" Hey, wait up. Did you drop this? I thought it was yours cause no one else was before you in line," she says. I look down at what she's holding and see the napkin I was writing MAXscripts on last night before bed.

" Hey, yeah!" I grab it out of her hands and search the delicate tissue for any smearing or blemishes that might have accrued while on the restaurant floor. Nerd throttle is pushed to maximum as the importance of the napkin's integrity is notched one higher than the equally important situation of not dorking myself out in front of the young lady. For a second, I almost forget to say thank you to her.

" Urm, it's just some notes on computer stuff!" I throw out to her. Holy shit, I'm screaming. Somewhere inside me, there is a guerilla death squad executing the brain acolyte who should have been watching my sound levels.

" Yeah, it looks like programming, right? I've never seen that kind of syntax before, though." Is she engaging me in a conversation? I don't understand this entire situation even more so, now. I want to go home.

This is the "two man rule" principle - which requires it to be impossible to arm any nuclear weapon through the actions of a single individual.

"Uh, yeah. It's kind of proprietary code used for only one program. Meant for streamlining certain macro functions, I guess. It's not as savvy as C++ or anything." I kind of do this glance to my watch thing while switching body weight to my left foot. I try at a facial smile again. Across the silo deck, I've given the other man a rather obvious sign that if she does NOT want to arm this nuke, this is the time to walk away. I make a note to myself that relating simple conversation to the beginnings of World War III might not be the healthiest thing a person should do. I continue to stand there, shifting my eyes here and there, awaiting any audible formality she might want to end this situation with. Suddenly, she brings my nation to DEFCON 2.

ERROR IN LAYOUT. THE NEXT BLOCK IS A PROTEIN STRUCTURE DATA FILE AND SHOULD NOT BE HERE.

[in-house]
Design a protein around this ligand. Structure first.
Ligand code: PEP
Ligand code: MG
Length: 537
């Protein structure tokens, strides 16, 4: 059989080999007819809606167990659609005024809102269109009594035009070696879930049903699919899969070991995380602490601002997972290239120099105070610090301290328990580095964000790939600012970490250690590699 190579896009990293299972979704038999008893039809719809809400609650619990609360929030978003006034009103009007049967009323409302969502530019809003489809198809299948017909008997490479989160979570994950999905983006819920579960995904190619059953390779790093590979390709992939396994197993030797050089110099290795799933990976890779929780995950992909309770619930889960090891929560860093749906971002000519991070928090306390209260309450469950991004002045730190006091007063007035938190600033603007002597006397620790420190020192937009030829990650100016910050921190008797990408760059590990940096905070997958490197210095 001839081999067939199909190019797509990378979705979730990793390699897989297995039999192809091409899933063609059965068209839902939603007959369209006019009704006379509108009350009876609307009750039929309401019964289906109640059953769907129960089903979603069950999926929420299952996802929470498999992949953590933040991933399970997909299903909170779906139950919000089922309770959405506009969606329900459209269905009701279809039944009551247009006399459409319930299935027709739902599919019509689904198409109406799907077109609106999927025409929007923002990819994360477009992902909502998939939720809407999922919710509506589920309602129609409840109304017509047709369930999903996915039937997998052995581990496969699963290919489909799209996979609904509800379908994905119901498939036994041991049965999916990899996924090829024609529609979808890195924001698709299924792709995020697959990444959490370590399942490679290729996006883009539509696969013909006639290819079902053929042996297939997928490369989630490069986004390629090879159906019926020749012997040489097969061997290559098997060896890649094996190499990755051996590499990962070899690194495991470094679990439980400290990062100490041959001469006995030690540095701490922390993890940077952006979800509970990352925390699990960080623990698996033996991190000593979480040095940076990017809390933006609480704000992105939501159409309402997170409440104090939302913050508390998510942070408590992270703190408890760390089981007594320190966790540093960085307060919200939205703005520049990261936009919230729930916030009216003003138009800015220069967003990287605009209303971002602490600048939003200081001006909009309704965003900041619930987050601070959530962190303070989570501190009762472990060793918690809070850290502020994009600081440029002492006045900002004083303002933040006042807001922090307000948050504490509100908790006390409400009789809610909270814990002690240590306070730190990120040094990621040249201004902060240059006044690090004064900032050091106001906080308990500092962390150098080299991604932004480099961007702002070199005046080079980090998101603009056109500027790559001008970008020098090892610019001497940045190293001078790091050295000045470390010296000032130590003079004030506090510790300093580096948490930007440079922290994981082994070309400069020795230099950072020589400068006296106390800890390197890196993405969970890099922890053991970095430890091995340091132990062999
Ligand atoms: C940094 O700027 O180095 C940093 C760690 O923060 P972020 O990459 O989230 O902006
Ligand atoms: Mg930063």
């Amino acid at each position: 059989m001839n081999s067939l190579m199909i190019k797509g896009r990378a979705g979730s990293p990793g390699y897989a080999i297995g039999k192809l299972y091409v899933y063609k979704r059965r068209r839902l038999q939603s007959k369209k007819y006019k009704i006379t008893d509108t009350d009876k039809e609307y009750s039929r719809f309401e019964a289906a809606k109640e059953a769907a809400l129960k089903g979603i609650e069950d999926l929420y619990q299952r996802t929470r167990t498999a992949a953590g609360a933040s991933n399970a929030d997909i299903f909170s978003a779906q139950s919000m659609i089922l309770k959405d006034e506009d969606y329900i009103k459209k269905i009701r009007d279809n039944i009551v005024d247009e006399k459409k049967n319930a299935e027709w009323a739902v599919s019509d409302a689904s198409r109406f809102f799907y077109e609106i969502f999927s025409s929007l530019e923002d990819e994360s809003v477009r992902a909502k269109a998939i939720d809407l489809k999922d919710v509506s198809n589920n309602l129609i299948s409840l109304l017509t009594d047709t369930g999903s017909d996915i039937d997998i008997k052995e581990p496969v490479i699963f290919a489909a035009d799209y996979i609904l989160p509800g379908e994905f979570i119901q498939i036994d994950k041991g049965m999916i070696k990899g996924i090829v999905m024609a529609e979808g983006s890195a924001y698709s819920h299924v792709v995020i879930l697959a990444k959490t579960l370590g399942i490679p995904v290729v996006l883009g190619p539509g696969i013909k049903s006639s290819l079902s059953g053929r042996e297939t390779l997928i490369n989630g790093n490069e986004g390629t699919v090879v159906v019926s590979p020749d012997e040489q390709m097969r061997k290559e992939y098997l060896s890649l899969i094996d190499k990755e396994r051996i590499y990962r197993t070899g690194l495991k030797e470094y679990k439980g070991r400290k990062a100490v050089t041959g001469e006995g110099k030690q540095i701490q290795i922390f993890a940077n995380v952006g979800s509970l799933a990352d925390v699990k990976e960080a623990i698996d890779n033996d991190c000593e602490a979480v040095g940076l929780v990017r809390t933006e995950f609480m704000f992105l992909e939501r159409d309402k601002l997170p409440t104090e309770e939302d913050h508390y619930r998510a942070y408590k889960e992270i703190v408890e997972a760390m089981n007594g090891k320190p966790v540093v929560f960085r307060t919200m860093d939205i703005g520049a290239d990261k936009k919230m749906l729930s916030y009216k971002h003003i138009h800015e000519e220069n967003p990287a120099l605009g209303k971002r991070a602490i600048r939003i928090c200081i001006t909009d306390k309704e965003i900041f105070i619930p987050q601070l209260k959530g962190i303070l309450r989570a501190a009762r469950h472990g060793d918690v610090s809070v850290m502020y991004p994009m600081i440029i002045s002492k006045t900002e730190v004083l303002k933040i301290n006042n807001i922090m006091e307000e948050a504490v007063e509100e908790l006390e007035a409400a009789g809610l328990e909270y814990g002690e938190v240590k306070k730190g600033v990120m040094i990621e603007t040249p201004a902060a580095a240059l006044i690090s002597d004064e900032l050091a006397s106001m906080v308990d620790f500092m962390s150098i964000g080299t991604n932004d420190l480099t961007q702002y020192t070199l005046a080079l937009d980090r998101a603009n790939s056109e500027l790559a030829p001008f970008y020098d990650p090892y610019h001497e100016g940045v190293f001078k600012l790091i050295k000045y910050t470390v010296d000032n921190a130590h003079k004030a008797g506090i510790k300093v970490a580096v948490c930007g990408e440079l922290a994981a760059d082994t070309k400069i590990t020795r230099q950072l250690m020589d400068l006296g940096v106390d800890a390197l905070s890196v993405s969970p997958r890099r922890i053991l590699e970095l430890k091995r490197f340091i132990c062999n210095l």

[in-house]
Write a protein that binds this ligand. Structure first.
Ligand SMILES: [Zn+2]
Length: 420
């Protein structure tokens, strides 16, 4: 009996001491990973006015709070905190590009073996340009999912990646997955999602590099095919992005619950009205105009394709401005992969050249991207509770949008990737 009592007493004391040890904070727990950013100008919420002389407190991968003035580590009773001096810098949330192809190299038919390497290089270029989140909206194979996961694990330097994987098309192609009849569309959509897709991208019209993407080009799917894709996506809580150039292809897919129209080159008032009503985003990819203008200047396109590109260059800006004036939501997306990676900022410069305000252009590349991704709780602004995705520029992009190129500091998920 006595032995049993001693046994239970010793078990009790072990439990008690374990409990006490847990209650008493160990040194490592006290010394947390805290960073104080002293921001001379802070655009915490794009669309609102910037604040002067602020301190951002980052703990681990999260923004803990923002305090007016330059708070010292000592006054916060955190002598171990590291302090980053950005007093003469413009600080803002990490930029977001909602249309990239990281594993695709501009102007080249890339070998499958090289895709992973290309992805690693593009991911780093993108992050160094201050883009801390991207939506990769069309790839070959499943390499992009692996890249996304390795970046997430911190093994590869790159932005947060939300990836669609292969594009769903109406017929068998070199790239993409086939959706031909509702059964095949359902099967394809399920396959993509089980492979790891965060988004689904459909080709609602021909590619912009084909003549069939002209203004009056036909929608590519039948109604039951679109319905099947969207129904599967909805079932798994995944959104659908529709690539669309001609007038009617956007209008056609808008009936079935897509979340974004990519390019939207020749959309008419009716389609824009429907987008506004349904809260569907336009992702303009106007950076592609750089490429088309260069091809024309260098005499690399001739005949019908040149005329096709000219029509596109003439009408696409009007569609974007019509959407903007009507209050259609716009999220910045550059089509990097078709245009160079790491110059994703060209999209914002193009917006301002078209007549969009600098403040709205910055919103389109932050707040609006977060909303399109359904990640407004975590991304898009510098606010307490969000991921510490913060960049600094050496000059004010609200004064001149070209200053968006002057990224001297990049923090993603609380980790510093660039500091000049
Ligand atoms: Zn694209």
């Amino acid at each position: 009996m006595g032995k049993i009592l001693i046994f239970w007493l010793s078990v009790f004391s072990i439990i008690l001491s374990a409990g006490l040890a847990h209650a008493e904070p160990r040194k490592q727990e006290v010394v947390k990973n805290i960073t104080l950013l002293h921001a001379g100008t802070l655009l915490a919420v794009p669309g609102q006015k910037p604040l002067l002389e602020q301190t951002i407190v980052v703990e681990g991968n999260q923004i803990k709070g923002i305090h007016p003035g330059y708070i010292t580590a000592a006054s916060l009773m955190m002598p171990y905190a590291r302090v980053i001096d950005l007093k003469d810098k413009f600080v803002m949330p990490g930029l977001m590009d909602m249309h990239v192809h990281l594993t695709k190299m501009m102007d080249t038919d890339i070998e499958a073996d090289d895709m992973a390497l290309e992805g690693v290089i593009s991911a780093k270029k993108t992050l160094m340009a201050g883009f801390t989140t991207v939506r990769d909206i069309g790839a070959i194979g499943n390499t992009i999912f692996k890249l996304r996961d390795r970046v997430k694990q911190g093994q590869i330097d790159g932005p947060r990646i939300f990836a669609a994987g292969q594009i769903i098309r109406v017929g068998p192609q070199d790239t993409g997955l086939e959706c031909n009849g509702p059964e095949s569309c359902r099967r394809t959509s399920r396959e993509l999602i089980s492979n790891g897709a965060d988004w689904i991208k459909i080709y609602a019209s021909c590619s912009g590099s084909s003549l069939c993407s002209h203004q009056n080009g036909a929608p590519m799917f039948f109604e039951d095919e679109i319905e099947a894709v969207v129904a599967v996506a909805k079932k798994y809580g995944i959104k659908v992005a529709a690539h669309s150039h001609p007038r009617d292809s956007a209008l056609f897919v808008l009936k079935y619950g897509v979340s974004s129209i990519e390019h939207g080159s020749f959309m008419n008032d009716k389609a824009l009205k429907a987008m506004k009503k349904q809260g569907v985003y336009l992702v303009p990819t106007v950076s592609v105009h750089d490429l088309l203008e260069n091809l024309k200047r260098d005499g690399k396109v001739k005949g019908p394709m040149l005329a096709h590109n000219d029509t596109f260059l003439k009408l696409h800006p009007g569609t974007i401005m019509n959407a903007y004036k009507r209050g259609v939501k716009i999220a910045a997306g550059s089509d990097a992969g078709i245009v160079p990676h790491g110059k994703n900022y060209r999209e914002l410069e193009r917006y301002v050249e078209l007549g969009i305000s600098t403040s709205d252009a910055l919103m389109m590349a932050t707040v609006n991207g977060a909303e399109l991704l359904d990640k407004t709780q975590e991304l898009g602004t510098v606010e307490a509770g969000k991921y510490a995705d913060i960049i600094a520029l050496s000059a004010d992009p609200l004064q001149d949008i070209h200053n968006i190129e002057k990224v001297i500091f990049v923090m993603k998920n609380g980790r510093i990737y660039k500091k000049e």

"Really? Which program?" She quietly turns the key and smiles towards me on her side of the panel and through the 5 foot plexan glass, I can see smoke emanate from the pit of the missle housing.

"I'm taking computer graphics at the School of Visual Arts in the city and this looked a lot like aertskdalitapersjgn120#948...". My brain loses touch with the specifics of what she's saying exactly. Inner voices and my abilities to understand speech are being delegated to the high level of readiness that this beautifully smoking nuclear warhead might actually try to launch us into DEFCON 1. I catch her scent off a down draft of breeze. She smells like soap and no perfume. Somewhere in my gut, the amazing destructive power of nuclear war isn't looking so bad right now.

Once the PAL has been enabled, it is now possible to arm and fire the weapon.

I continue to stammer out about four hundred pages worth of 3D modeling-speak as we continue down the sidewalk, together. She comes back with a story of how the Netscape application and school PC's don't mix. Ever. It isn't till we reach the park on 32nd AVE. that I realize just how far into the arming sequence we've fallen into. She's taken off her sneakers and socks to crumple grass blades with her feet. We sit under a big tree that's lived longer than both of us put together. Somewhere between the area of dirt, grass, and ants that we speak to each other over; amazing clouds of fire and nuclear fallout continue to burn and drop over the atmosphere. It's hard for me to imagine how the simplicities of conversation with attractive women can be described in any other way.









Nuclear death stuff cited from "http://sun00781.dn.net/nuke/hew/Usa/Weapons/Pal.html"